Concluding Tom’s notes…

A) Lenin On the Question of Dialectics

The relationship between the universal and the individual is just that, a relationship. When taken alone – abstracted – the universal is untrue. It is untrue because it is removed from its relationship with the individual, (its opposite) which alone is concrete. It is the relationship between each that gives each its truthfulness, its lived, actual reality.

I am reminded of Hegel’s “If something is abstract it must be untrue…” and how the communist movement has been alot more comfortable dealing or focusing on the universal – the group, class, people, nation than on the concrete – the individual. We have a problem with the individual; but if dialectics has meaning this must indicate that we also have a problem with the universal.

B) Marshall Berman

Berman’s procrustean role description also applies to the Industrial Revolution and to early periods of capitalism generally. Peasants/small farmers and land holders, rural, labourers and artisans were sucked into the factories of the Industrial Revolution and exploited mercilessly. In Dickens ‘Hard Times’ he describes these modern pegs as ‘hands’, an accurate description of that part of the body the bosses valued. Precious little space for the individual to unfold here. That’s the down side and there are clear parallels between this and pre capitalist peg fitting. The up side was seen over generations and caused by the dynamism of capitalism and the space it created for workers to organise, struggle and develop.

Two points re this:

a) the failure of most of the left to see the emergent role of the individual as a good thing; its tendency to praise in a one sided way collectivism and to associate individualism, again one sidedly, with bourgeois ideology.

b) the working class itself has made it clear through its actions and choices that it values individual growth and development and the economic development which facilitates this.

The question for communists is: do we?

Where the traditions and customs of others determine character and conduct of the individual “one of the principal ingredients of happiness” is wanting.

Marx: “liberal economy and politics generate a contradiction between the individuality of each proletarian and the condition of life forced upon him … labour.” And because the capitalist state (liberal or otherwise) reinforced and legitimised that condition, it had to go – be overthrown.

It seems to me that the conflating of that aspect of ‘liberal’ which speaks of freedom in a general political and personal sense with liberal economics (freedom of capital, of property rights and the rights of exploitation) is indicative of a major theoretical weakness and an opportunistic slide toward an authoritarian suppression of individuality. Marx and Engels were revolutionary democrats and communists. They were in the minority all their lives and much of their polemics were aimed not only at the wacky left ideas but at authoritarian ones.

The defeat of the revolutions of ‘48 generated alot of despair and from this time to the end of the 1950’s, in nearly all arguments between radicals and their opponents, both parties identified the capitalist economy and the liberal state with ‘individualism’ and equated radical aims with “a collectivism that negated individuality.”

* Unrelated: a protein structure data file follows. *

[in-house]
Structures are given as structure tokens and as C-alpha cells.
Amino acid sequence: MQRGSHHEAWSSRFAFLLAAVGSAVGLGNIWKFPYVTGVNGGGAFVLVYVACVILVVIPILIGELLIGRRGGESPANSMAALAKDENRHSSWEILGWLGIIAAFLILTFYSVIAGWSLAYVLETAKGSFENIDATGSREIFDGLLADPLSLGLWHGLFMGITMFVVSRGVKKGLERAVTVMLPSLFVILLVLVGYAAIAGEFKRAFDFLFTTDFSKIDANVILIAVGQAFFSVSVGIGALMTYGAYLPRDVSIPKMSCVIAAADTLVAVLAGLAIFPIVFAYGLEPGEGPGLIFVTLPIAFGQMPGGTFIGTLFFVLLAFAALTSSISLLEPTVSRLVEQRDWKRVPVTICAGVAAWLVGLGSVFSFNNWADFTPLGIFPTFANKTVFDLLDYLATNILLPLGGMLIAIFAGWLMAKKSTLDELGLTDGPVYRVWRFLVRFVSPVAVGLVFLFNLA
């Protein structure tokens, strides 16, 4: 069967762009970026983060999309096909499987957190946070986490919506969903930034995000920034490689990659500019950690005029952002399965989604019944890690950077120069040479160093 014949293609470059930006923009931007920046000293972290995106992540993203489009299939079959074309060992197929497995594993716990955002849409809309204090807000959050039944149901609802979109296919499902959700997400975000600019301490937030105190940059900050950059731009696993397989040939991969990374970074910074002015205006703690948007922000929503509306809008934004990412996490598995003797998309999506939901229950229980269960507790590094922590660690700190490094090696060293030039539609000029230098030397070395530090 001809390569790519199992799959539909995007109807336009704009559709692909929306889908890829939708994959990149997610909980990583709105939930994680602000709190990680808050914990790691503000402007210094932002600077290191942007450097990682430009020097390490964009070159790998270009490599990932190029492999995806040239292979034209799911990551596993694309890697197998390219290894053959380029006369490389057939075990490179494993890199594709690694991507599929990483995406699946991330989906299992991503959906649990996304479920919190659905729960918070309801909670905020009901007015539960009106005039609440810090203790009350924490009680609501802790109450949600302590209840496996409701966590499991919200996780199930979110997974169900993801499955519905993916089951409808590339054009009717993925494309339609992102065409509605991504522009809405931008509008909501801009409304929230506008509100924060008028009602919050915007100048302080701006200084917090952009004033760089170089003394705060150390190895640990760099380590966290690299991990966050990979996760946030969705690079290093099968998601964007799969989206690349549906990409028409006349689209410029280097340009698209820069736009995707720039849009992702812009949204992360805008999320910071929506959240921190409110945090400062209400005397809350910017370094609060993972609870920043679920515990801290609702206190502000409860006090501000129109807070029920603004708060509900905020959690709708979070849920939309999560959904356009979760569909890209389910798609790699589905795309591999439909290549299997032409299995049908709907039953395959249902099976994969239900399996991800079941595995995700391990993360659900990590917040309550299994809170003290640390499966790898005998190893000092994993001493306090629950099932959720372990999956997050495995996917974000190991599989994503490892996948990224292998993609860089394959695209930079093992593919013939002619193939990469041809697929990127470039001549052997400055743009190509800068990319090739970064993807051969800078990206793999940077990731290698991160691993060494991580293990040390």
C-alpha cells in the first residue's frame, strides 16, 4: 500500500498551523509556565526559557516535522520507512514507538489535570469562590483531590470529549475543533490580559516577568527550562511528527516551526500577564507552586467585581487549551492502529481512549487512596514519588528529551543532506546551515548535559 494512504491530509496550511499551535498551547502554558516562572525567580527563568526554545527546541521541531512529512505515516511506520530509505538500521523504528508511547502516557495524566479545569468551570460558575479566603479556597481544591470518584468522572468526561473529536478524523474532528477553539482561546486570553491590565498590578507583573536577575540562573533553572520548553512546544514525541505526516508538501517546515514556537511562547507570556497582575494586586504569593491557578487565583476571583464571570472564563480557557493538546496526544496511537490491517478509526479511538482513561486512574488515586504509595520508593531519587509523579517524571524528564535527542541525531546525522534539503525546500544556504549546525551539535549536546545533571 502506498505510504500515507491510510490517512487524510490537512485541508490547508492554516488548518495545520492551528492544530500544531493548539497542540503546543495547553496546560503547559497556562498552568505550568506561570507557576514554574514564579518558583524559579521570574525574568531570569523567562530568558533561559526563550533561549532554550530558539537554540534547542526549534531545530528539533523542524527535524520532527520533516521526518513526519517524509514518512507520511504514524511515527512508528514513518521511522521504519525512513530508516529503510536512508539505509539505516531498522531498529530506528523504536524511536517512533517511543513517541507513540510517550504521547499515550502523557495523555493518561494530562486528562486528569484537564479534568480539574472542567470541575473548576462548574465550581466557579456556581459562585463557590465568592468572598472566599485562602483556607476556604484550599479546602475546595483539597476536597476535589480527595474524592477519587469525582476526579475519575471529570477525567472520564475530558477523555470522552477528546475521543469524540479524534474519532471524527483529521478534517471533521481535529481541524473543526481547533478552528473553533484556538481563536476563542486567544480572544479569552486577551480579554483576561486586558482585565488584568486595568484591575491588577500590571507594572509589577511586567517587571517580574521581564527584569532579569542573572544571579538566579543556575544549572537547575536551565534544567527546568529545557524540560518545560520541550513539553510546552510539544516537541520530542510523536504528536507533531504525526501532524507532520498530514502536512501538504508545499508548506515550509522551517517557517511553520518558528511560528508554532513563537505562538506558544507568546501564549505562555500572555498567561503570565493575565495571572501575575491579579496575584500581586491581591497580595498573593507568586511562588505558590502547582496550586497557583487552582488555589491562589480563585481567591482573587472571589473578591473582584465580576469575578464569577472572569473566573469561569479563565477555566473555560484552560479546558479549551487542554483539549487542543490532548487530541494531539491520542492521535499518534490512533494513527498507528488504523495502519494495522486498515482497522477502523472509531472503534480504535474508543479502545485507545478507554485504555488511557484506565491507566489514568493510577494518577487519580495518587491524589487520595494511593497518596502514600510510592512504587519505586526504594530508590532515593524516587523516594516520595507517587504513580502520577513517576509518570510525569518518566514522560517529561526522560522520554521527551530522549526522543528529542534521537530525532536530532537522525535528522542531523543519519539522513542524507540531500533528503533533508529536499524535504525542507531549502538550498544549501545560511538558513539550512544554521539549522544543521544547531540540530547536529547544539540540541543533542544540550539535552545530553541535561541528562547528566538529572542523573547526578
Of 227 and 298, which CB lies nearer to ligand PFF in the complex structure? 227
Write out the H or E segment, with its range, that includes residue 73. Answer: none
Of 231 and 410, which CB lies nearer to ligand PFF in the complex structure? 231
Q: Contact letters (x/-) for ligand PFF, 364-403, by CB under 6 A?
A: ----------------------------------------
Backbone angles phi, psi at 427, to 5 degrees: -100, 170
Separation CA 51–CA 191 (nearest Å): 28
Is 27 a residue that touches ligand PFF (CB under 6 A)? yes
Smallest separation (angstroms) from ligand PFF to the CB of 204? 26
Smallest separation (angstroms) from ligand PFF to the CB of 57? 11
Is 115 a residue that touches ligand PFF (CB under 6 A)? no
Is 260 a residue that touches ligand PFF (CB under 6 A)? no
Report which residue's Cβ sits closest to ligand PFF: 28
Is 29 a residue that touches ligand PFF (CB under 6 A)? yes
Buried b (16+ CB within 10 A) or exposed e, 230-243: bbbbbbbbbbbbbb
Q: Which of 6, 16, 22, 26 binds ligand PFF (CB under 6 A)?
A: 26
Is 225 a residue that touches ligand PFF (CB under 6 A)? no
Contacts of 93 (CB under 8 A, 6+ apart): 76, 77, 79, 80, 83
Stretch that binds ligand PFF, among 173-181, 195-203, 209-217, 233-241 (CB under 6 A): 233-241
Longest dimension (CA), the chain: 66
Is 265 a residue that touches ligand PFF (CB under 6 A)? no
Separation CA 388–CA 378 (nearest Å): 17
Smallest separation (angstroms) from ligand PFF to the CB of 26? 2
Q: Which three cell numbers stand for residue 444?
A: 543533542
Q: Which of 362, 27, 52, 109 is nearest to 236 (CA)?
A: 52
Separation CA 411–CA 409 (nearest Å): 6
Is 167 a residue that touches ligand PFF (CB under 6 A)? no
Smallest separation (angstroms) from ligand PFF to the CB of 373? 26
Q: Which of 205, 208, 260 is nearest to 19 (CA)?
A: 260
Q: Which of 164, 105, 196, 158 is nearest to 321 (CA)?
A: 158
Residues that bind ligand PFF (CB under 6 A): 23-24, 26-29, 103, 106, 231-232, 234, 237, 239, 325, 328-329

I think he is onto something, especially “a collectivism that negated individuality”. The separation, or negation is metaphysical, one sided. Collectivism thus understood will never get anywhere in advanced capitalist societies as it attempts to negate our ‘new fangledness’. It also conflates as per para above.
The group and personal discipline necessary in a party is thus seen as coerced, a top down crushing of individuality rather than a free act from below, of authentic action undertaken by the individuals concerned, in limiting individuality, where this individuality comes into conflict with the cause or the group’s purpose. One can also identify precisely the same dynamic – and duality – in any group endeavour.

The Marxist Archive entry for collectivism is a case in point. It speaks of collectivism transcending or sublating individualism (a collectivism which does not suppress the individualism of bourgeois society). This seems confused. They get collectivism and individuality right historically and in their definition, but the socialist bit clearly gives primacy to collectivism (without individuality being suppressed) and the transcendent, or dialectical leap, only relates to collectivism. Individualism, which remains ‘bourgeois’, or consistent with the individuality that emerged under capitalism, remains unsuppressed but also untransformed. It is as though dialectics has had a senior’s moment and forgotten that individuality too, must transcend its bourgeois limits.

This ambivalence has been characteristic of ostensibly Marxist theory although not of Marx himself. The bods at the Archive clearly understand that individuality is important but are unable to understand it as dynamic.

“Liberation from the standpoint of the bourgeoisie, i.e. competition, was, of course, for the eighteenth century the only possible way of offering the individuals a new career for freer development.” Marx (SW McLellan p186)

The free development of the bourgeoisie destroyed rural communities, threw millions off the land, thereby depriving them of their livelihoods, and forced them into the hands of the bourgeoisie itself. There was nothing pretty or humane about it. Yet, as Christopher Hill shows, it was not entirely, or even principally, negative. It led, among other things, to much greater economic and productive efficiencies, less expensive and more readily available food and better clothing. It also led to the IR, the consequences of which, as O’Flinn positively observed, we are still getting used to twelve generations later.
“…private property can be abolished only on condition of an all round development of individuals, because the existing character of intercourse and productive forces is an all round one, and only individuals that are developing in an all round fashion can appropriate them, i.e. can turn them into free manifestations of their lives.” Ibid p 191

As with spirituality, we have left the field of individuality and authenticity to the right – which is why we find some of their libertarian ideas attractive (presumably this must also apply to the Spiked crew).